I blogged some weeks ago about what the general election told us about English communitarianism. The prevailing social attitude, at least as reflected in political announcements, corporate media, and election results, is that we are all suffering economically because Britain has too many lazy poor people, who are sponging too much money. “Lazy” and “poor” are of course synonymous adjectives, because poverty is seen to reflect moral weakness, an attitude that has prevailed in this country ever since the Protestant Reformation (and I would further argue that Proddie predeterminism is more inhumane than the Catholic concept of original sin). In any case, here’s one of the Labour leadership candidates, proving my point:
Burnham is the favourite to win, and his rivals are no different. So that’s that. Politics in England is going to be about “punching down”, or blaming poor people, for the foreseeable future. And it will take a seminal, monumentous event to change that – an earthquake that comes from outside the Westminster consensus, possibly from beyond the borders of Britain itself. Either that or complete political meltdown.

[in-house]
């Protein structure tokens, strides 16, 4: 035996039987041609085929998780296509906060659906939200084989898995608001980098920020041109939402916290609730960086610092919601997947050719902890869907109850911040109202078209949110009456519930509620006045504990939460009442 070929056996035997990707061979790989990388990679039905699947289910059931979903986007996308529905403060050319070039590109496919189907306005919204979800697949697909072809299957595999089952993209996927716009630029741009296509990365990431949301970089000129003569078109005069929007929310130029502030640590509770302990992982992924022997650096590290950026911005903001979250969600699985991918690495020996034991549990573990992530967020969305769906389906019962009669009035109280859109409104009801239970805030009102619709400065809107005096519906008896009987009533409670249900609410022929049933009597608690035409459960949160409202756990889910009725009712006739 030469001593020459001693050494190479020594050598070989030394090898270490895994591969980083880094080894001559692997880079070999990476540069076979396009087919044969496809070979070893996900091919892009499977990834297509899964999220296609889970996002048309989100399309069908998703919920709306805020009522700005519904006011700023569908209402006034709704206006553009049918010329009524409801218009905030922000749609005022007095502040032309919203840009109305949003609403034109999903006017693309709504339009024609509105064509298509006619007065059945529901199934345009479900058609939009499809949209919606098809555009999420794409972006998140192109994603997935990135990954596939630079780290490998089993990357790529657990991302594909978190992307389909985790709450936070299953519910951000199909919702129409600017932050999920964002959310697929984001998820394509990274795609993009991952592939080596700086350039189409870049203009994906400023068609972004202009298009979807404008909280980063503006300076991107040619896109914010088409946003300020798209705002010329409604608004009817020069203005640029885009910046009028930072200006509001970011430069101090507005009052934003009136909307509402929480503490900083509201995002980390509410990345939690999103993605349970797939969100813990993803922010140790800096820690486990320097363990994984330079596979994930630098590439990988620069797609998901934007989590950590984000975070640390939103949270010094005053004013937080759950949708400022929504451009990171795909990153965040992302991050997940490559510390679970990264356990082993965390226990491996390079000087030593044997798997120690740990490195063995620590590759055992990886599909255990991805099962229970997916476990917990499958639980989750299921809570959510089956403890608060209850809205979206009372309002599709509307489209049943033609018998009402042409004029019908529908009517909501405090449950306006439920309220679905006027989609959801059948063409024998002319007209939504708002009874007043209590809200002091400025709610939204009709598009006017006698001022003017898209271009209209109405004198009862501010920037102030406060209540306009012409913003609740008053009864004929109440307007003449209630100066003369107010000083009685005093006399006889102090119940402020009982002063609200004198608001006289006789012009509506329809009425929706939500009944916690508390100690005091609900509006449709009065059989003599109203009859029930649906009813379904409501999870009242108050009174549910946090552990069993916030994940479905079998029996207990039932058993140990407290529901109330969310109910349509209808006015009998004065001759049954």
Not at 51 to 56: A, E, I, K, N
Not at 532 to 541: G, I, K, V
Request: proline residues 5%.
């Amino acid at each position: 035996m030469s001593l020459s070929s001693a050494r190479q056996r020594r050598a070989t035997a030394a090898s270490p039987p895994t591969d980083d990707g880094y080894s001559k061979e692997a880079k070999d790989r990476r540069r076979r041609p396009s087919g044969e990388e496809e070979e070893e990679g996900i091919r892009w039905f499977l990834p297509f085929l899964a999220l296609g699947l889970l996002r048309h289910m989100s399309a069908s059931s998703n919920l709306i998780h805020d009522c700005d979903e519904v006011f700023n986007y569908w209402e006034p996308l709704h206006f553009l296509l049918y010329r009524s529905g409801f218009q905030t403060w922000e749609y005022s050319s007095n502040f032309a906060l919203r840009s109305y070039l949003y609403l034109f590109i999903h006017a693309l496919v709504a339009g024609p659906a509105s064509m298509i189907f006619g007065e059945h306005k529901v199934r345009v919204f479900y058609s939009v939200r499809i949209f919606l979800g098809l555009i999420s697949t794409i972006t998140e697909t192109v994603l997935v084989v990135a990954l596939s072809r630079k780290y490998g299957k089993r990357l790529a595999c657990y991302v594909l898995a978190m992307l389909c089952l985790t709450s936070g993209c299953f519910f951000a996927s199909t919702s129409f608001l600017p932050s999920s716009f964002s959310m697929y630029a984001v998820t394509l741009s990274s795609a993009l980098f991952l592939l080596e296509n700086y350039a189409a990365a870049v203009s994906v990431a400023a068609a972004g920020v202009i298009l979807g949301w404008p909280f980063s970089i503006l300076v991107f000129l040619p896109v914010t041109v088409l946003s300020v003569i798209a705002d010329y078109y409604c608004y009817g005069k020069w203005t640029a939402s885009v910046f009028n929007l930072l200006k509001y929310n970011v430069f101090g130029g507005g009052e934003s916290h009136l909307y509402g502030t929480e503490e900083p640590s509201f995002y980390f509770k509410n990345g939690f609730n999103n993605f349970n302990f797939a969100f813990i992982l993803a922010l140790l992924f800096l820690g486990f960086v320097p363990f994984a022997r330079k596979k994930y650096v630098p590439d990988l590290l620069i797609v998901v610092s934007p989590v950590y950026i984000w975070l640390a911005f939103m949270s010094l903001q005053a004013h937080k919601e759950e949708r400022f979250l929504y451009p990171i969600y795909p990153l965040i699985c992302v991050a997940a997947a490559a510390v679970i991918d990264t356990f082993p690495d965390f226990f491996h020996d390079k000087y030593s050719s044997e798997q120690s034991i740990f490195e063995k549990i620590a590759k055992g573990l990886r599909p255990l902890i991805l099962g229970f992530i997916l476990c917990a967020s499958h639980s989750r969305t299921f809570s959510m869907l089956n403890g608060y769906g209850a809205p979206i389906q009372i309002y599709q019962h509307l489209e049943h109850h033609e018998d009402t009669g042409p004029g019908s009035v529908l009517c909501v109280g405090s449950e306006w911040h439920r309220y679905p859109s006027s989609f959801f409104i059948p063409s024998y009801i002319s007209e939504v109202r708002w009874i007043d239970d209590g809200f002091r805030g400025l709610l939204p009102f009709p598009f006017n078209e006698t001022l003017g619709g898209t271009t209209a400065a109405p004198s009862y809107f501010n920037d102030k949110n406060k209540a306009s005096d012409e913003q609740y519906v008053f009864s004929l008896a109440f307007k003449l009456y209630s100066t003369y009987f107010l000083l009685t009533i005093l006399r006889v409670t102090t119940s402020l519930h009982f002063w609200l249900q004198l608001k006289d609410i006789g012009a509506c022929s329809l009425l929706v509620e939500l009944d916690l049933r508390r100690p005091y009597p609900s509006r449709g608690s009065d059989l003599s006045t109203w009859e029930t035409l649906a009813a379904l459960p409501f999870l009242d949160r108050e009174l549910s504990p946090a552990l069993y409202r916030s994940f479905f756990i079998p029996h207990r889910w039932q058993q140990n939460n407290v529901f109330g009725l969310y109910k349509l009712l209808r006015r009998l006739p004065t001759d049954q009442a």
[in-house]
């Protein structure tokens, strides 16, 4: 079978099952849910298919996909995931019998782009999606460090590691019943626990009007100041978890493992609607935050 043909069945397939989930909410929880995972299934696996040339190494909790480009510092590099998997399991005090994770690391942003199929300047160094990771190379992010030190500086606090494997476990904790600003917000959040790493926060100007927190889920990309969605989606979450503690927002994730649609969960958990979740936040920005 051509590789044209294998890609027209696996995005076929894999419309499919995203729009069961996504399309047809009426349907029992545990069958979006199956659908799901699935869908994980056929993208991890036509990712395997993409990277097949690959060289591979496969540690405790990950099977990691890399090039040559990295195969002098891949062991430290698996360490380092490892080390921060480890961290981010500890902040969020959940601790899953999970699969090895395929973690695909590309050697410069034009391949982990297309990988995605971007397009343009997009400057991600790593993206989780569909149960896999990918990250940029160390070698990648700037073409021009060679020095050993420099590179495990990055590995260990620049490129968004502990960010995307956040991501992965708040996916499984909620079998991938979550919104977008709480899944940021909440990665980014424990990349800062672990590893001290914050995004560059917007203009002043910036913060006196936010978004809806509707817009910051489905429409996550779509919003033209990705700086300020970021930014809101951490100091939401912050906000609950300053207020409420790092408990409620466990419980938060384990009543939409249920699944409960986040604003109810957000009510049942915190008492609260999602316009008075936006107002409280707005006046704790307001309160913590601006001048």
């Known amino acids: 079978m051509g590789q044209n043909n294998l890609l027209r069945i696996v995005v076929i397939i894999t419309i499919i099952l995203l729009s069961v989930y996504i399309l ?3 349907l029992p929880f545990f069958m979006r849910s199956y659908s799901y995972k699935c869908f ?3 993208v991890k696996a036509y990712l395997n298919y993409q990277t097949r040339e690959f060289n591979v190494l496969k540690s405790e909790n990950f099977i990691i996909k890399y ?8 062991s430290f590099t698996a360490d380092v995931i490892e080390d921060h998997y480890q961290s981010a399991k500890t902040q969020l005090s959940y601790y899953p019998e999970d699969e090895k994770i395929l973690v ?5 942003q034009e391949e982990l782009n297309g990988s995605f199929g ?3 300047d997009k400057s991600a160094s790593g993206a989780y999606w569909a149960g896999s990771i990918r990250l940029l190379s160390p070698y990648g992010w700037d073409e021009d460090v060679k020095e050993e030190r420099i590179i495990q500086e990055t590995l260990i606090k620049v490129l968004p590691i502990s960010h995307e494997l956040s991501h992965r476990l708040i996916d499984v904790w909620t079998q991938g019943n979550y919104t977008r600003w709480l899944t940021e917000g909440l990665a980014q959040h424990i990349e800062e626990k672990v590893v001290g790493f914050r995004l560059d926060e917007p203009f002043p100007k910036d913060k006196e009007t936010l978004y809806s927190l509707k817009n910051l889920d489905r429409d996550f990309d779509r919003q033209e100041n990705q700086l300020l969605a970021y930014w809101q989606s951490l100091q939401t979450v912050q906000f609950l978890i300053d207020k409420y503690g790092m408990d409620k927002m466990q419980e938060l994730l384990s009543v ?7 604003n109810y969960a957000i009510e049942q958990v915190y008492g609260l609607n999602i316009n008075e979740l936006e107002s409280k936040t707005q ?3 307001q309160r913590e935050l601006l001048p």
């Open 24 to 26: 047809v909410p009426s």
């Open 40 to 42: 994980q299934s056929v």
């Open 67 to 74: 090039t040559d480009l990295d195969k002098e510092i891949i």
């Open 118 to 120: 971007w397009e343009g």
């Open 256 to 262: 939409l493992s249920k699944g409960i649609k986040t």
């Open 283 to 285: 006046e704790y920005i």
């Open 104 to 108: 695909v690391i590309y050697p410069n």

However much of society as we know it – the NHS, and the civic spirit of 1945 in general – will be left standing when the next political cycle begins is anybody’s guess. But Britain has met its biggest enemy: ourselves.
We’re doing far better at destroying the country than any Islamist terrorist. Those guys lack vision.by